No bubbles makes for a happy baby.

How to Get Air Bubbles Out of an Infant's Bottle

by Tammy Dray

Bubbles in the bottle can equal a gassy baby -- and a gassy baby can equal a sleepless night for both you and your little one. If you're bottle-feeding your baby, making sure that there are no bubbles in the bottle will go a long way towards making him feel comfortable long after a meal is over. The best part is that eliminating bubbles is a lot easier than you might think.

Let the milk settle. If you mix powered formula with water, don’t give the mixture to your baby immediately after shaking it in the bottle to mix. Shaking causes air bubbles to form. If you let the mixture settle, the bubbles will dissipate. Alternatively, thoroughly mix the formula with water before adding it to the bottle.

Buy bottles that require the use of disposable liners. According to Consumer Reports, bottles with liners significantly reduce air bubbles because as baby drinks, the liner collapses, cancelling out the empty space and reducing the tendency for bubbles to form.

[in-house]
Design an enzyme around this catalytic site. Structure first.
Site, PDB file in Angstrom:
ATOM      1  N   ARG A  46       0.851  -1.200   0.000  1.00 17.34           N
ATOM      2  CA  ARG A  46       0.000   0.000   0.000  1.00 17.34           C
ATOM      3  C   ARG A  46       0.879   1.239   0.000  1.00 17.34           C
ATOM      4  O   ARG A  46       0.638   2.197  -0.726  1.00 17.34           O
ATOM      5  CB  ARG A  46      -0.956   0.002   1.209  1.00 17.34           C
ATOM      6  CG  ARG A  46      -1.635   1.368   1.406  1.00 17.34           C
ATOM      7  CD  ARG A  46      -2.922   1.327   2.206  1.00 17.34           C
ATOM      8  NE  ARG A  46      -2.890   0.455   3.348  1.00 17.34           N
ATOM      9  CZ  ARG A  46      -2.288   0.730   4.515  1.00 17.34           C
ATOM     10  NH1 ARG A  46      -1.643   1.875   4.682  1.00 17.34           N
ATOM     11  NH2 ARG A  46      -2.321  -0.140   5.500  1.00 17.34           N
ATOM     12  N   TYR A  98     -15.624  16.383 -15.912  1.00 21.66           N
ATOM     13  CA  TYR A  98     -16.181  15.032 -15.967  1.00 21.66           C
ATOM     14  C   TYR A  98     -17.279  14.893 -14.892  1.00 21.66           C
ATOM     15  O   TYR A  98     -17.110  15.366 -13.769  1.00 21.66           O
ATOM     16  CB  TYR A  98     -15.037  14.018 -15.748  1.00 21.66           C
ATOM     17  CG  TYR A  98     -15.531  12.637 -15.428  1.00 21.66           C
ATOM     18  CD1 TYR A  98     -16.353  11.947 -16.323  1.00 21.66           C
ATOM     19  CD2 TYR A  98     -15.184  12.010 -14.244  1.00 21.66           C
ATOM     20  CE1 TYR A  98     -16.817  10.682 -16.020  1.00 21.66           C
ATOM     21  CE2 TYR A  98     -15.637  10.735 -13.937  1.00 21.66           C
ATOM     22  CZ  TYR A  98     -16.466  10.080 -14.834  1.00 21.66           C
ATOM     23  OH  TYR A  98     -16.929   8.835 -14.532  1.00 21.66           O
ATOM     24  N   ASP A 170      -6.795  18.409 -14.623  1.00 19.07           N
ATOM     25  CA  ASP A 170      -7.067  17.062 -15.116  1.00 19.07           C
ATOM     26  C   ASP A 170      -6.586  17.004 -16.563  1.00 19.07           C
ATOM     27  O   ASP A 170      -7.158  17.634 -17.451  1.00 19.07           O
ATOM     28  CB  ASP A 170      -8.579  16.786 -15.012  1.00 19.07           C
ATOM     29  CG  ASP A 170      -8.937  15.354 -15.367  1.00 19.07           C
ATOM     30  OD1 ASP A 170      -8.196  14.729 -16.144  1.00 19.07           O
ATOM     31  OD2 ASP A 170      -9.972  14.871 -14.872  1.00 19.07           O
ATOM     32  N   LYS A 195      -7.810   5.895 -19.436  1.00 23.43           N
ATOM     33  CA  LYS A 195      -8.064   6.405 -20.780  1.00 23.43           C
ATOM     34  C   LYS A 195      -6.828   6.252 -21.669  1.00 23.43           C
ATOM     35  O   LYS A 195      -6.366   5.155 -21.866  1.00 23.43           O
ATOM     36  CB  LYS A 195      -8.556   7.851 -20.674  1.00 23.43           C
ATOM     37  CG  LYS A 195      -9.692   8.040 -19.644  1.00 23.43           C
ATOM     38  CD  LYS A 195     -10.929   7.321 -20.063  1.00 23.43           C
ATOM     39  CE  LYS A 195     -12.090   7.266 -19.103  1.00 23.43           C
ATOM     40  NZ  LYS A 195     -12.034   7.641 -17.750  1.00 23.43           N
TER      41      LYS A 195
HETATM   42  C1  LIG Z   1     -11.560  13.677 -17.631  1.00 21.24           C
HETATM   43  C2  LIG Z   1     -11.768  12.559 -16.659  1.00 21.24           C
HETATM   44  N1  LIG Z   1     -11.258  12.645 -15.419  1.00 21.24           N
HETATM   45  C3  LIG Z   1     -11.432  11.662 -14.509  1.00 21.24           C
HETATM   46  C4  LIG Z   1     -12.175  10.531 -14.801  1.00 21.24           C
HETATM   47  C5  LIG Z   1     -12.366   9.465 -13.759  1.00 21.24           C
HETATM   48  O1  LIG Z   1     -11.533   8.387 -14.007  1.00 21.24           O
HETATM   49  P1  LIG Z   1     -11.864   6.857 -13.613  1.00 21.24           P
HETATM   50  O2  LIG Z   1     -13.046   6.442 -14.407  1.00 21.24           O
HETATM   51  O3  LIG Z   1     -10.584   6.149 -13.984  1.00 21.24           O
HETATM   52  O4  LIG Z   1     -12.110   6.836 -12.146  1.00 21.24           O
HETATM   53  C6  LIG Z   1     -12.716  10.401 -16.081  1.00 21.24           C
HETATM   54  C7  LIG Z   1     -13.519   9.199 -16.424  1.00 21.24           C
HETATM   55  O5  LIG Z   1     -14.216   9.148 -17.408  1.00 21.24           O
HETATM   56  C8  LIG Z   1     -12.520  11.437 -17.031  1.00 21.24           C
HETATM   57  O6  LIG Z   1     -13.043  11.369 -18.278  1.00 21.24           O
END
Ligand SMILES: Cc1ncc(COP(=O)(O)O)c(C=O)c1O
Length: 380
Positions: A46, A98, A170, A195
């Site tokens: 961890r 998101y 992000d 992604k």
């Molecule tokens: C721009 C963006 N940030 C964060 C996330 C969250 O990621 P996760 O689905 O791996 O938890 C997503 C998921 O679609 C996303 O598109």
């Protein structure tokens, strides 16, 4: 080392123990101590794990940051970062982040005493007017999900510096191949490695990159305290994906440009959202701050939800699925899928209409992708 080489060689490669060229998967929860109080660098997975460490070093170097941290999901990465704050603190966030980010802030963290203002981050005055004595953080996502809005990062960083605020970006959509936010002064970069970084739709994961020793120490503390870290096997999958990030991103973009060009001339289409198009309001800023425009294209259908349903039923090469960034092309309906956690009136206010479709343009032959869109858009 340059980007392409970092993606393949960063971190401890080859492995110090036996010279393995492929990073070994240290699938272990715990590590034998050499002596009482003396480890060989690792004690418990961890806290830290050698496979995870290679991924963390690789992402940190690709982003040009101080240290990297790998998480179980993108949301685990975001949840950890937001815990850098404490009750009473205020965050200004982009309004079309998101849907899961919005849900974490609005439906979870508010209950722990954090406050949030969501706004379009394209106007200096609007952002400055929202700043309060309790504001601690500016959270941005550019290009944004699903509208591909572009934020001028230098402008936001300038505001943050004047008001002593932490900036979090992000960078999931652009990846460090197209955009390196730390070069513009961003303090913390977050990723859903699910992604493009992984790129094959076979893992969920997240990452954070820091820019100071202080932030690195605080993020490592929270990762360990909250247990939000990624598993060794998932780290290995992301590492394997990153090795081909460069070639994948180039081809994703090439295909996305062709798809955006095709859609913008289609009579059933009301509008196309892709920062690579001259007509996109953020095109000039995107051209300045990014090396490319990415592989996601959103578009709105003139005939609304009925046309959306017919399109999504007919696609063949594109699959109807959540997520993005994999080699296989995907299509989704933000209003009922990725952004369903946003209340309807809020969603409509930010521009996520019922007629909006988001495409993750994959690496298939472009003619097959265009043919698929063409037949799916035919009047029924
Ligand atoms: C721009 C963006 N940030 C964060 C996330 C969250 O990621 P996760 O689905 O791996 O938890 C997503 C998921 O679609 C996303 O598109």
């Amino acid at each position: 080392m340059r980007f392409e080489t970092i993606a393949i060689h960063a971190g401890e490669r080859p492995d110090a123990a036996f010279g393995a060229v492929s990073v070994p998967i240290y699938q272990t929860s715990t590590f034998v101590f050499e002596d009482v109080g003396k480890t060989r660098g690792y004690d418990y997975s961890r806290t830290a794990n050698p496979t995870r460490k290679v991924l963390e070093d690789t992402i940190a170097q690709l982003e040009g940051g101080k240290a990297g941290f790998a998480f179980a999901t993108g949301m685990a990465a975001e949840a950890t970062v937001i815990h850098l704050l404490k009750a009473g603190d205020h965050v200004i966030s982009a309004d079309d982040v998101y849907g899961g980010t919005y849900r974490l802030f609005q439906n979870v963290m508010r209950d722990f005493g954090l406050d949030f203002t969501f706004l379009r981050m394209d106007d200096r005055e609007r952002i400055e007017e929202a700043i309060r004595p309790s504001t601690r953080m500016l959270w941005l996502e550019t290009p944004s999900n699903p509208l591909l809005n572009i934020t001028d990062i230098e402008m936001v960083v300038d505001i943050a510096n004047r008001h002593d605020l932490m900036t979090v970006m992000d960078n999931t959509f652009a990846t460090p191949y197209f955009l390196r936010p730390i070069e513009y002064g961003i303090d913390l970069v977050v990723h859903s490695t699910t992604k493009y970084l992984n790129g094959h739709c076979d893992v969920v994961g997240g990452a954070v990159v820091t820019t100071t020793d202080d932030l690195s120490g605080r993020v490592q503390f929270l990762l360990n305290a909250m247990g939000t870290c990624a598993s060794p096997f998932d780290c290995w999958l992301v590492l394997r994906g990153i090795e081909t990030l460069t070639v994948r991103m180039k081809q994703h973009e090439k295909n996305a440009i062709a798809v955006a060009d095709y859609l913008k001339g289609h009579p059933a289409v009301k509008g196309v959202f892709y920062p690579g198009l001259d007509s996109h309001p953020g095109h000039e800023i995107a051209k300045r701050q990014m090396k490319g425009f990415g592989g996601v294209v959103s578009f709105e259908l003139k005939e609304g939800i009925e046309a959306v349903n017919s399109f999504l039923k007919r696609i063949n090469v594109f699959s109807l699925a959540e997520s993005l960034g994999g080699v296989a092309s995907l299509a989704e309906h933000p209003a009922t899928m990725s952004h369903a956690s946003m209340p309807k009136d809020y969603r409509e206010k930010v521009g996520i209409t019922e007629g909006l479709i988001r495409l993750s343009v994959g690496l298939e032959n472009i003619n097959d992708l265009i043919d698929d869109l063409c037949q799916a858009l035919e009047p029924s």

Try an angle-neck bottle if the baby is already holding the bottle on her own. Ideally, you should hold the bottle at a 45-degree angle to prevent air bubbles from forming near the nipple. However, if your baby is holding the bottle, he's likely to move it up and down. An angle-neck bottle requires baby to tilt the bottle up, causing the liquid to cover the nipple entirely, leaving no space for an air bubble to form.

Feed your baby slowly. If he drinks too fast, it's more likely to cause air bubbles to form in the nipple than if he drinks slowly. You can slow down the feeding by switching to "slow flow" nipples, or by feeding your baby before he gets too hungry. Keep in mind that the hungrier he is, the faster he's likely to feed.

About the Author

Tammy Dray has been writing since 1996. She specializes in health, wellness and travel topics and has credits in various publications including Woman's Day, Marie Claire, Adirondack Life and Self. She is also a seasoned independent traveler and a certified personal trainer and nutrition consultant. Dray is pursuing a criminal justice degree at Penn Foster College.

Photo Credits

  • Comstock Images/Comstock/Getty Images